Definition of the Four- Firm Concentration Ratio This is one of the most common concentration ratios. The four-firm concentration ratio is commonly used to indicate the degree to which an industry is oligopolistic and the extent of market control held by the four largest firms in the industry. How would you describe an industry with 20 firms and the CR is 20% and its implications? The four-firm concentration ratio is calculated based on the market shares of the largest firms in the industry. Having an industry falling between 0 to 50% is commonly interpreted as an industry with low concentration ratio; the main description of this concentration is that it is a very competitive market also known as monopolistic competition. Monopolistic competition is a market structure characterized by a large number of firms which are similar but do not sell identical products, relative freedom of entry, into and exit out of the industry, and extensive knowledge of prices and technology. Monopolistic competition approximates most of the characteristics of perfect competition, but falls short of reaching the ideal benchmark, that is perfect competition. What long-run adjustments would you expect following this change in demand? First of all, since a change in demand took place, it is important to clarify the relationship between the monopolistic competition and demand. The demand curve for the output produced by a monopolistically competitive firm is relatively elastic. The firm can sell a wide range of output within a relatively narrow range of prices. Demand is relatively elastic in monopolistic competition because each firm faces competition from a large number of very, very close substitutes. However, demand is not perfectly elastic (as in perfect competition) because the output of each firm is slightly different from that of other firms. Monopolistically competitive goods are close substitutes, but not perfect substitutes. A monopolistically competitive industry undertakes a two-part adjustment to equilibrium in the long run. One is the adjustment of each monopolistically competitive firm to the appropriate factory size that maximizes long-run profit. The other is the entry of firms into the industry or exit of firms out of the industry, to eliminate economic profit or economic loss. The end result of this long-run adjustment is two equilibrium conditions--one for profit maximization, the other for zero economic profit. How would you describe an industry with 20 firms but the CR for the industry is 80% An industry with a concentration ratio of 80 to 100 percent is viewed as highly concentrated and also known as oligopoly. Government regulators are usually most concerned with industries falling into this category. Oligopoly develops in a market structure characterized by a small number of large firms that dominate the market, selling either identical or differentiated products, with significant barriers to entry into the industry. Oligopoly dominates the modern economic landscape, accounting for about half of all output produced in the economy. Oligopolistic industries are as diverse as they are widespread, ranging from breakfast cereal to cars, from computers to aircraft, from television broadcasting to pharmaceuticals, from petroleum to detergent. What are some reasons why this industry has a high CR while the other industry had a low CR? •One of the main reasons is because an oligopolistic firm is relatively large compared to the overall market; it has a substantial degree of market control. It does not have the total control over the supply side as exhibited by monopoly, but its capital is significantly greater than that of a monopolistically competitive firm. Following I will provide some other reasons. •Interdependence: Each oligopolistic firm keeps a close eye on the activities of other firms in the industry. Decisions made by one firm invariably affect others and are invariably affected by others. Competition among interdependent oligopoly firms is comparable to a game or an athletic contest. One team's success depends not only on its own actions but on the actions of its competitor. Oligopolistic firms engage in competition among the few. •Rigid Prices: Many oligopolistic industries (not all, but many) tend to keep prices relatively constant, preferring to compete in ways that do not involve changing the price. The prime reason for rigid prices is that competitors are likely to match price decreases, but not price increases. As such, a firm has little to gain from changing prices. •Mergers: Oligopolistic firms perpetually balance competition against cooperation. One way to pursue cooperation is through merger--legally combining two separate firms into a single firm. Because oligopolistic industries have a small number of firms, the incentive to merge is quite high. Doing so then gives the resulting firm greater market control. Is it possible for smaller firms to thrive and profit in such an industry? For smaller firms it is very difficult to enter and much less become profitable, the reason why is because in a oligopolistic industry the market control is retained through barriers to entry. The most common barriers to entry include patents, resource ownership, government franchises, start-up cost, brand name recognition, and decreasing average cost. Each of these makes it extremely difficult, if not impossible, for potential firms to enter the industry.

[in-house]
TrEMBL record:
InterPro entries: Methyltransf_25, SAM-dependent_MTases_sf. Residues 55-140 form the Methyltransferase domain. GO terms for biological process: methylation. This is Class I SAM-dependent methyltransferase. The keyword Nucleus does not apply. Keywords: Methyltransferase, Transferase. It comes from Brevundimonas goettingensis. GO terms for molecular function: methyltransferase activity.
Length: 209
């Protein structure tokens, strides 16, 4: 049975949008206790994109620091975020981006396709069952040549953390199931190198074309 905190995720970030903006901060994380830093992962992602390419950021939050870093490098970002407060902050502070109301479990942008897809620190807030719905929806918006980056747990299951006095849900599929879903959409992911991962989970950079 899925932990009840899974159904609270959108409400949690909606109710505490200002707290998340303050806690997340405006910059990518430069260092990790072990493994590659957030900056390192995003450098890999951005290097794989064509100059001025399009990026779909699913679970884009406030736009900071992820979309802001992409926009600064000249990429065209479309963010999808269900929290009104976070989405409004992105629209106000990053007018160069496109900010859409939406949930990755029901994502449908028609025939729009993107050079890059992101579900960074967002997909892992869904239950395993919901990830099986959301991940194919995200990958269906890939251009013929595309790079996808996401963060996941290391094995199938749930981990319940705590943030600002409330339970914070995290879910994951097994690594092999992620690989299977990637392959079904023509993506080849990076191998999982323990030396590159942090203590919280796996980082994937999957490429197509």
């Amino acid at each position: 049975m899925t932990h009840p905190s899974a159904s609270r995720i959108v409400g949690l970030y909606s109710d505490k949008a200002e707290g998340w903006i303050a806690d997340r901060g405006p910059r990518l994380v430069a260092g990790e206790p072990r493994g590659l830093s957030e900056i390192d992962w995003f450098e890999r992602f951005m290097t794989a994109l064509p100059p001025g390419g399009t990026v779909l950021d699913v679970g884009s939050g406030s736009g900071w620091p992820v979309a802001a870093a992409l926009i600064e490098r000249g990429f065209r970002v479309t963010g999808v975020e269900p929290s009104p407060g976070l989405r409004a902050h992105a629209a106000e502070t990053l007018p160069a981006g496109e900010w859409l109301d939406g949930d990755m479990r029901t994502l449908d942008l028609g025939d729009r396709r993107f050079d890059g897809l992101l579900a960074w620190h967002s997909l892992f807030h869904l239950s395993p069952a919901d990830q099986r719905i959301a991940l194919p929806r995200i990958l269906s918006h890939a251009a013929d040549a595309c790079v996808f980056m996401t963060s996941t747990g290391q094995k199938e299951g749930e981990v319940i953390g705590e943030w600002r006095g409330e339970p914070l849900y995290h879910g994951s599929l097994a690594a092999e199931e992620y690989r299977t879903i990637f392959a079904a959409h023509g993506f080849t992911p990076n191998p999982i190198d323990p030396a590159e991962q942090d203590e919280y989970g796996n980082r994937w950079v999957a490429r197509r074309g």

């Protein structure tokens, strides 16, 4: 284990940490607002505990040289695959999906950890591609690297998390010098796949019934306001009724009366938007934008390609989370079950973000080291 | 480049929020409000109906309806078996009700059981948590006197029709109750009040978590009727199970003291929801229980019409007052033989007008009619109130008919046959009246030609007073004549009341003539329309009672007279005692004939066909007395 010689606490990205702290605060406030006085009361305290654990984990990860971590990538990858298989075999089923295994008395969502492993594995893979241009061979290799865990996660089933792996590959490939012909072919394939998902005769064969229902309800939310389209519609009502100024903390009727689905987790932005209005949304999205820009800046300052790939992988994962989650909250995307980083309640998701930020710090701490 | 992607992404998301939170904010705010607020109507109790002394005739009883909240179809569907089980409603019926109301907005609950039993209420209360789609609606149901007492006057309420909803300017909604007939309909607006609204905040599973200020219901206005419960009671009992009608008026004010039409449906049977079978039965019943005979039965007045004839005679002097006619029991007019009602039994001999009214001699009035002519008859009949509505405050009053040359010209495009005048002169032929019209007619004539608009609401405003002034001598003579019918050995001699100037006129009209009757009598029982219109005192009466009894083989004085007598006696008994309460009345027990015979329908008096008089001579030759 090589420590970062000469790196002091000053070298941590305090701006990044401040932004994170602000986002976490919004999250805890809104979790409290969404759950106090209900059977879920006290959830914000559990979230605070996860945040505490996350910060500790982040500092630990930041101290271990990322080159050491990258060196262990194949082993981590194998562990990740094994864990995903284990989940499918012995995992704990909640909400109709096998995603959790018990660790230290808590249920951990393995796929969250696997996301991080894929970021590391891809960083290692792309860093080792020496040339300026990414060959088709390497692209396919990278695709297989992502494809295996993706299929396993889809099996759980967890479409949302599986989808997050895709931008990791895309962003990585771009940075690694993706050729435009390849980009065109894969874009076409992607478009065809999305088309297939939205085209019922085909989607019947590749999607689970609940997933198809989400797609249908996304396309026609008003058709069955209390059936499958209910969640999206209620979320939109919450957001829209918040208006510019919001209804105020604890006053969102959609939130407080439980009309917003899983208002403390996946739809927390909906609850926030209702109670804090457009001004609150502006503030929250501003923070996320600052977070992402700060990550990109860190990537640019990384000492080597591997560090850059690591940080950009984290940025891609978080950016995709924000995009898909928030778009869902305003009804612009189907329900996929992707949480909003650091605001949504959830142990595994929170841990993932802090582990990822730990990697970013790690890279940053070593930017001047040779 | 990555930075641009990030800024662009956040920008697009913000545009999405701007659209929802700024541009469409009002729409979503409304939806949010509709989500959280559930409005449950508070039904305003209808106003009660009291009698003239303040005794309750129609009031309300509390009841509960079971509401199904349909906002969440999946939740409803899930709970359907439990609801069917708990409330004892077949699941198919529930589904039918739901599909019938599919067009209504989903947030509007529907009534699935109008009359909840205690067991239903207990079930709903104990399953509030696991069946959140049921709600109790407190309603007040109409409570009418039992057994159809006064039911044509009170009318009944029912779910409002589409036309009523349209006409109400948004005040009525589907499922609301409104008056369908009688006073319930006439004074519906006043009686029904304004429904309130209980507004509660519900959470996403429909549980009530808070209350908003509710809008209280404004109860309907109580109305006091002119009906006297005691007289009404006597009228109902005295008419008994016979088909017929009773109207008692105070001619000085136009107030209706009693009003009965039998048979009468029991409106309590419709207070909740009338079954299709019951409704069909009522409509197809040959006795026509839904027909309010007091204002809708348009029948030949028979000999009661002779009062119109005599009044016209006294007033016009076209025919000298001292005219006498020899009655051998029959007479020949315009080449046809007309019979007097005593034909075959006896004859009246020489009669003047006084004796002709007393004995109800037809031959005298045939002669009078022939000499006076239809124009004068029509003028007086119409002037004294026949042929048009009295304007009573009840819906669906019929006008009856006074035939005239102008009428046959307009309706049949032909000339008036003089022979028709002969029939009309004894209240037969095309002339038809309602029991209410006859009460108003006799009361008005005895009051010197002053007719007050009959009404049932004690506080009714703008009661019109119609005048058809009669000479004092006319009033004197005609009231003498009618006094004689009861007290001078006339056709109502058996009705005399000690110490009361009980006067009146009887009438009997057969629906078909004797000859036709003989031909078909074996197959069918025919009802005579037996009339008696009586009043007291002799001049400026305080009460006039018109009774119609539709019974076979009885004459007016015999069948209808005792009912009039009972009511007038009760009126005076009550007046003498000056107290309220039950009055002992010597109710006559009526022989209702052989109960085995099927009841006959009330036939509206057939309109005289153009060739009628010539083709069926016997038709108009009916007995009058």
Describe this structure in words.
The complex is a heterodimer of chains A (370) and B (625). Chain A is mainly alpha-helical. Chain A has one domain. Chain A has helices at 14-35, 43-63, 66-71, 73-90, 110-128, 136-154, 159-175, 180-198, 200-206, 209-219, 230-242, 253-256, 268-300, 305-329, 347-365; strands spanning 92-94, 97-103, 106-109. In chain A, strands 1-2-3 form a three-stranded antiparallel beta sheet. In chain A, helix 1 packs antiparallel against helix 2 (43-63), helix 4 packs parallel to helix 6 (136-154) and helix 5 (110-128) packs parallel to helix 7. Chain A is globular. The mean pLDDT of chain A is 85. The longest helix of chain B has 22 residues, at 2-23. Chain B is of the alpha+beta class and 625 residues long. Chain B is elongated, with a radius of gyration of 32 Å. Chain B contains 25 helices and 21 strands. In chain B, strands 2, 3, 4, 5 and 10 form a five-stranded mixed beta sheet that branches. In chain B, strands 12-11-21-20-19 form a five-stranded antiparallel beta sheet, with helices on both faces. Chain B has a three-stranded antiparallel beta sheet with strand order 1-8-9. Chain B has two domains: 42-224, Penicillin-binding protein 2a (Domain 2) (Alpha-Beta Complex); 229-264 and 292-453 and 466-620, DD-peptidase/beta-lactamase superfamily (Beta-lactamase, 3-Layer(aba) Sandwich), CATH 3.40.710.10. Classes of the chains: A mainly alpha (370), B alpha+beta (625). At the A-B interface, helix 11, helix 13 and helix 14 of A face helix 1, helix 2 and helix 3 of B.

FOUR-FIRM CONCENTRATION RATIO (2008). AmosWEB Encyclonomic WEB*pedia. Retrieved from http://www.amosweb.com/cgi-bin/awb_nav.pl?s=wpd&c=dsp&k=four-firm+concentration+ratio on November 29, 2008. O’Sullivan, Sheffrin and Perez (2008). Economics: Principles, Applications, and Tools. Upper
Saddle River, NJ: Pearson Prentice Hall.